OVERLAY (צָפָה, H7596, sheet over, חָפָה, H2902, cover). Archeology reveals that the process of overlaying was known quite early among the Egyptians, and the offspring of Jacob may have learned it during their stay in Egypt. By far, gilding was the most prominent type of overlaying practiced by Israel. Gold plates covered parts of the Tabernacle structure: the pillars that supported the veil and the side frames of the Tabernacle with their bars. Gold-plated items of Tabernacle furniture were the Ark of the covenant (inside and out) with its carrying bars, the table of shewbread with its bars and the altar of incense with its bars (Exod 25; 26; 36; 37).
Even more extensive was the amount of gold used in this way in Solomon’s Temple. “The whole house,” meaning the Holy of Holies and the holy place; the altar next to the Holy of Holies; the cherubim; the floor; the two doors to the Holy of Holies and the doors at the entrance to the Temple were overlaid with gold. The enormous quantity of this precious metal required for such an undertaking could hardly be estimated, but the six hundred talents within the Holy of Holies alone amounts to more than twenty tons (1 Kings 6; 2 Chron 3). The gold plates were fastened to the walls with gold nails, but were removable under extreme circumstances (2 Kings 18:16). Solomon also used gold to overlay his own ivory throne (1 Kings 10:18; 2 Chron 9:17).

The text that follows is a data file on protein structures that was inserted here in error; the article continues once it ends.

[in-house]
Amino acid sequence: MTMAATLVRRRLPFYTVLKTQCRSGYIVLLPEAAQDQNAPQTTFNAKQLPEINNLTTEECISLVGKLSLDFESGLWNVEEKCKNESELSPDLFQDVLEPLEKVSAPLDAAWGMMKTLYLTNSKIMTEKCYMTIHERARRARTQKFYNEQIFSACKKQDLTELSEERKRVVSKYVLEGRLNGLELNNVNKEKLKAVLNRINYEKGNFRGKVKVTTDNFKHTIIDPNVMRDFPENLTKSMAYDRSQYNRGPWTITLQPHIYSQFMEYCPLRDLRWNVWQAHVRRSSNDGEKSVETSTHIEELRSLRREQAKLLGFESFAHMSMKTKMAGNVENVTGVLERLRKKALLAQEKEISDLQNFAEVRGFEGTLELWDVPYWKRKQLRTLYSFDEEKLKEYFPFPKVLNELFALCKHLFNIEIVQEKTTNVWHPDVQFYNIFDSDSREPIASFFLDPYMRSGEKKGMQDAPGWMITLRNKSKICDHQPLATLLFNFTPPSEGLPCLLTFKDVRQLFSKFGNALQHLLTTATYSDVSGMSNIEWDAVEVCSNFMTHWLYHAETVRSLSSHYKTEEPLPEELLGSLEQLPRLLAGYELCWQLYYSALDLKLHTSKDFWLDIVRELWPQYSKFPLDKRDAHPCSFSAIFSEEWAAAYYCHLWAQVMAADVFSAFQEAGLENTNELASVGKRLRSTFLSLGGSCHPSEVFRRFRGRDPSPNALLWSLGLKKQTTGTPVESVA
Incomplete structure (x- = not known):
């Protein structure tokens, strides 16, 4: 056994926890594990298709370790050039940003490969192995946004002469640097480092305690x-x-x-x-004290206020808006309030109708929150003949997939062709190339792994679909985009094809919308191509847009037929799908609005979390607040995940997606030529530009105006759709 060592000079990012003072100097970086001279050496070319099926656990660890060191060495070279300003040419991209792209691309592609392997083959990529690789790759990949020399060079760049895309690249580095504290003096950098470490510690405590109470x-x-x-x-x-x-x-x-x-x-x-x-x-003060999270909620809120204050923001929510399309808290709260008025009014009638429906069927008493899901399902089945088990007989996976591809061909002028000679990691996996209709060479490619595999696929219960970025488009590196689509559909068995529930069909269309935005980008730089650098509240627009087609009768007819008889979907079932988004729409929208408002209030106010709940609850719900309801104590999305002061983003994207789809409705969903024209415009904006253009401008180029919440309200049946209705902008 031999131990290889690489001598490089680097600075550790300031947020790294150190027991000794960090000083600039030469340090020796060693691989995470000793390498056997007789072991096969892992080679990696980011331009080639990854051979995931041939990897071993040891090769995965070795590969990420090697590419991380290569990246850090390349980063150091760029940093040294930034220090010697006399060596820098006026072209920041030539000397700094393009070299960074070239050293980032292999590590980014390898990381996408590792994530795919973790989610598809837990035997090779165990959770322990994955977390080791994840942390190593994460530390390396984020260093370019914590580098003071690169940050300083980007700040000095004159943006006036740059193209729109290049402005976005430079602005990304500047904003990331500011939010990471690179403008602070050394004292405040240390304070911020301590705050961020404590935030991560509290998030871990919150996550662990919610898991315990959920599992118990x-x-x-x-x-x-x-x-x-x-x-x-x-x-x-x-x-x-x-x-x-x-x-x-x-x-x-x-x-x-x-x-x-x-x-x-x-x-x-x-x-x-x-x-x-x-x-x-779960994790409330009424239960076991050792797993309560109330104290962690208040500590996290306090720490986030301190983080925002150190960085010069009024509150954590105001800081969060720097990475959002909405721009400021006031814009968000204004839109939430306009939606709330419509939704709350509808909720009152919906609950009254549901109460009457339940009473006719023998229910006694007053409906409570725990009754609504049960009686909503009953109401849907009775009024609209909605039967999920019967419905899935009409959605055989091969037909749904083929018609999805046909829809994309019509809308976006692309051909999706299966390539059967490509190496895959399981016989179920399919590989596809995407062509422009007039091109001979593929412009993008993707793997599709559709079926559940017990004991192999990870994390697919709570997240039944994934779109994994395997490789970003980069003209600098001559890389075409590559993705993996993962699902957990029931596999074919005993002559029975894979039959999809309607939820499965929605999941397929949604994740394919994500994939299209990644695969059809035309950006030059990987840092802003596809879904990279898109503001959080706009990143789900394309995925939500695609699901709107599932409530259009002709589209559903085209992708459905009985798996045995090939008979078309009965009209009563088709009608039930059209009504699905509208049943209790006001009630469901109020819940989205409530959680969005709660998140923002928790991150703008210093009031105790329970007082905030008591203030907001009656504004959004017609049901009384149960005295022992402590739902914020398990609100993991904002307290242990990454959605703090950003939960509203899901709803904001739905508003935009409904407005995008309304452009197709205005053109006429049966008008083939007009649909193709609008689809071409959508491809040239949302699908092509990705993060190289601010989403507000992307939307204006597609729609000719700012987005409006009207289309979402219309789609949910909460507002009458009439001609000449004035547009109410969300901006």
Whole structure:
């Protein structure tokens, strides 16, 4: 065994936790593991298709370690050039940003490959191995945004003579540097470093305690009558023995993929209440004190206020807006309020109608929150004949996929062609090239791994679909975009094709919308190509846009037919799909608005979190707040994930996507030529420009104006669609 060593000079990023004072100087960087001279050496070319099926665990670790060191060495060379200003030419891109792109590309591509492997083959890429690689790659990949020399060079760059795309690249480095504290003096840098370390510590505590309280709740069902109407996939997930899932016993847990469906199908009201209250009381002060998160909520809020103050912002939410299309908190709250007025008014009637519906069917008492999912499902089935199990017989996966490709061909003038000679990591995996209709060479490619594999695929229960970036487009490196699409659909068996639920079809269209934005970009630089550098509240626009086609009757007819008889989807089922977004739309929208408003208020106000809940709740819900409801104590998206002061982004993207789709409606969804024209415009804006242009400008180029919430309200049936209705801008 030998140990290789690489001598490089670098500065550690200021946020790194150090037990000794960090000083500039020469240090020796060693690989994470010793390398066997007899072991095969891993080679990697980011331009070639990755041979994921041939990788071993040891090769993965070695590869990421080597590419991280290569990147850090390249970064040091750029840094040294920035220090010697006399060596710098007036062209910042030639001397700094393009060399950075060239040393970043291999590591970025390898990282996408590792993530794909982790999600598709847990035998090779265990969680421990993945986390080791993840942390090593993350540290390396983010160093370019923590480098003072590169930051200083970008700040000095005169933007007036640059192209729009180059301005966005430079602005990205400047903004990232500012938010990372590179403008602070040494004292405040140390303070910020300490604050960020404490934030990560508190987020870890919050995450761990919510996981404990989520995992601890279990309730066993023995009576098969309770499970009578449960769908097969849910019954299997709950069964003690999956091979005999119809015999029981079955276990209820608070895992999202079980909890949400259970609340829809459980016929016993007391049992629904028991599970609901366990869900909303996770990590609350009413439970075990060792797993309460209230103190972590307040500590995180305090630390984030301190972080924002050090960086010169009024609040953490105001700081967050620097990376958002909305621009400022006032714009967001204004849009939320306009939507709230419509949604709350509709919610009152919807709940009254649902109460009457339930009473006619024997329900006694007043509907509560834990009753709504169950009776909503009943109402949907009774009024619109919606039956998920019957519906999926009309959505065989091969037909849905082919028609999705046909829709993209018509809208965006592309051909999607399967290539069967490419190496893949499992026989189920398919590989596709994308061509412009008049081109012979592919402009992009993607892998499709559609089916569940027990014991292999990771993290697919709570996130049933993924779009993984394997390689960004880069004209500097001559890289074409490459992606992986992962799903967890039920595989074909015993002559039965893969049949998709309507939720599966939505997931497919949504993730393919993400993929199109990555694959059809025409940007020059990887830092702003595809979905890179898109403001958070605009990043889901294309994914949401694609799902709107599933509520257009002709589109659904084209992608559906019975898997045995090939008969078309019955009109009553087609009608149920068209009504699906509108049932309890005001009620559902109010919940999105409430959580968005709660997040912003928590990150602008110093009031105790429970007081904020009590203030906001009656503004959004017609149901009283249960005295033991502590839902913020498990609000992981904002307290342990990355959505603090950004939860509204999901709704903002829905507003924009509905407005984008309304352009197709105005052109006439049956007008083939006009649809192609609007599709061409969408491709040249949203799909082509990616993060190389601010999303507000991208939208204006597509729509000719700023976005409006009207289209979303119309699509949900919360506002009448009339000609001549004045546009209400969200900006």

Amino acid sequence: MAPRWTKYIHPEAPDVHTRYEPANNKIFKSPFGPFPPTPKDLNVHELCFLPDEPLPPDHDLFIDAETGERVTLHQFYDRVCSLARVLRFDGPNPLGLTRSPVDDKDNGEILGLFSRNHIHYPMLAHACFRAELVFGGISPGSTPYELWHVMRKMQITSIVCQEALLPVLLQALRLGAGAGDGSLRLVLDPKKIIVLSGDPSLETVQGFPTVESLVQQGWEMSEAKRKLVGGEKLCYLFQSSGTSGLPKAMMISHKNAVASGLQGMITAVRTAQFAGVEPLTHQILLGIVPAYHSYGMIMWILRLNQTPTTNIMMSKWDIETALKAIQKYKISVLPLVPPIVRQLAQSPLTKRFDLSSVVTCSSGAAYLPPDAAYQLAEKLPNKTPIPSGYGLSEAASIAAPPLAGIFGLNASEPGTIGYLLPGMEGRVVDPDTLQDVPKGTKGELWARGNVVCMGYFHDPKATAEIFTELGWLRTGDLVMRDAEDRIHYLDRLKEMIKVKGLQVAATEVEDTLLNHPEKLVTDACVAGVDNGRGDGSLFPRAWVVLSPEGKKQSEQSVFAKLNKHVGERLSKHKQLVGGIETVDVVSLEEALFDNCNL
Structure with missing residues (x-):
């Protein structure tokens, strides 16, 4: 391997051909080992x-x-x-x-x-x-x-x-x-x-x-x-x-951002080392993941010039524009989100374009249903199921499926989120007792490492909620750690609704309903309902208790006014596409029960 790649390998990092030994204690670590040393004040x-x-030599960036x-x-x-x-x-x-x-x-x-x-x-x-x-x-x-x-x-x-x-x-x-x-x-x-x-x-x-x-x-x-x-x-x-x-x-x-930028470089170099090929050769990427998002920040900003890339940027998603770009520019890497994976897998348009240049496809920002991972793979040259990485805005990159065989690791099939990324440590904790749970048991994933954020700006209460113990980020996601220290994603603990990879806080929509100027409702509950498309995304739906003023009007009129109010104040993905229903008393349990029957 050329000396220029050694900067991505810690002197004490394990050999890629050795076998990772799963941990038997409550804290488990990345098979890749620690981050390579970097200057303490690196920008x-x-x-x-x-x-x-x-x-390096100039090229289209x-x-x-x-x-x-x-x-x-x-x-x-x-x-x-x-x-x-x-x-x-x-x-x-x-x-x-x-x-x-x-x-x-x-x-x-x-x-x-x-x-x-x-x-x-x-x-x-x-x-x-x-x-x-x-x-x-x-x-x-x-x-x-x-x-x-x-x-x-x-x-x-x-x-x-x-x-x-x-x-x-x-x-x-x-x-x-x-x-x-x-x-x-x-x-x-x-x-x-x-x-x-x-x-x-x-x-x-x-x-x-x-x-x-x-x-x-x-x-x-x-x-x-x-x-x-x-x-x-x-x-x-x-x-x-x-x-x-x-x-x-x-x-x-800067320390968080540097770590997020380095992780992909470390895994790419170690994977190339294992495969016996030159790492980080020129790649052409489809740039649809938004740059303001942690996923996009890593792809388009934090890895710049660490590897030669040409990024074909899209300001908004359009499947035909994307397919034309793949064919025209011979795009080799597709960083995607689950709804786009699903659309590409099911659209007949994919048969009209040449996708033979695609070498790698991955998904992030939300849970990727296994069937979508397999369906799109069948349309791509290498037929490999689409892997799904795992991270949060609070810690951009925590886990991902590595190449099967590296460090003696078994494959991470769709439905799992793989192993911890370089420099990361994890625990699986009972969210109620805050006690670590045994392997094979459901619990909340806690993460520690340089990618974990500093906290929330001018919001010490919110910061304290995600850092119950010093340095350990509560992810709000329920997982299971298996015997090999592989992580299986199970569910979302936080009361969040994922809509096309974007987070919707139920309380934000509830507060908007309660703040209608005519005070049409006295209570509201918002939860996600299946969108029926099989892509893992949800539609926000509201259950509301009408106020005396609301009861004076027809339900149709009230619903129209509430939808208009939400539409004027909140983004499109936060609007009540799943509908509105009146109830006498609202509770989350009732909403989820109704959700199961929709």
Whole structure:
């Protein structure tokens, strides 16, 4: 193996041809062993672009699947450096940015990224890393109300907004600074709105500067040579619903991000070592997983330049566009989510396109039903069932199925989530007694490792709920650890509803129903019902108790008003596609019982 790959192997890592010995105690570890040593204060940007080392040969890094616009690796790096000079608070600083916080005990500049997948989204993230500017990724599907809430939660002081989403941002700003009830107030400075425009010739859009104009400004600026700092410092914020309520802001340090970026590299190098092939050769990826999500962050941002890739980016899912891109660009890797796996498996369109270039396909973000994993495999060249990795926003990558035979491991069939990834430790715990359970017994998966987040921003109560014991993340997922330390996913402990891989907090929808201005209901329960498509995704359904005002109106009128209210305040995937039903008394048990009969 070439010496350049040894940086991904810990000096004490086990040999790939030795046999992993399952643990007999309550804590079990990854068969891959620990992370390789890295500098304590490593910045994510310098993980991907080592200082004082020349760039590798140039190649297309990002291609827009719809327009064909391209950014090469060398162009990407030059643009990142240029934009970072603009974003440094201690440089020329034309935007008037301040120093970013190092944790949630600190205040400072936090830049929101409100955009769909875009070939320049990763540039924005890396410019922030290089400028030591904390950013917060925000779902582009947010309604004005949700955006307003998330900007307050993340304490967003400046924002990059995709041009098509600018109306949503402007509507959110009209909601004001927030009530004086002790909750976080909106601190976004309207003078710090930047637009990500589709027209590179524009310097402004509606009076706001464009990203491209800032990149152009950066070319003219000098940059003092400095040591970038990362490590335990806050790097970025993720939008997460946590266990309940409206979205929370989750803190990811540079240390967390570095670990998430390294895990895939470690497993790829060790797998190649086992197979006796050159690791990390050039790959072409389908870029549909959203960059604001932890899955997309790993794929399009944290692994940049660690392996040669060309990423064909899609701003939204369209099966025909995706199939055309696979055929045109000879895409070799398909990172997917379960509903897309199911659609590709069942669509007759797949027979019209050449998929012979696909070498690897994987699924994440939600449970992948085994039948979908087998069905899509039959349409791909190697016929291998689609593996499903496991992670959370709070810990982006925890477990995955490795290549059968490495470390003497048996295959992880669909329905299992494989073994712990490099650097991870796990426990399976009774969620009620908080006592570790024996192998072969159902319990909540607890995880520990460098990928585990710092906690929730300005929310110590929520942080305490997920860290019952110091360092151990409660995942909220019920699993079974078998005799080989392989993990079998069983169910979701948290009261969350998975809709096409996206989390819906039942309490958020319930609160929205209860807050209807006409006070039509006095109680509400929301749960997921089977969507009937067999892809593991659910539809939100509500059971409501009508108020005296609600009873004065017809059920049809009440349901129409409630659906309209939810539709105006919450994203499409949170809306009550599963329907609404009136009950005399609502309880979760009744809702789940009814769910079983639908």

Overlaying with silver was done only sparingly, being limited to the capitals of the pillars in the court of the Tabernacle (Exod 38:17, 19, 28). The altar of burnt offering with its carrying poles and the doors to the court of the Temple were coated with bronze (Exod 27:2, 6; 38:2, 6; 2 Chron 4:9).
The lone NT occurrence of “overlay” is in Hebrews 9:4 (KJV) dealing with the Ark of the covenant. There is substantial agreement between KJV and RSV in the use of “overlay.” There is but one Heb. word so tr. in KJV that is not handled the same in RSV (sakab); this is the instance of a mother “overlaying” her child, which is properly revised to “lay upon.” Two Heb. words (raqa’ and tapas) are tr. by “overlay” in the RSV, but not in the KJV. See Architecture.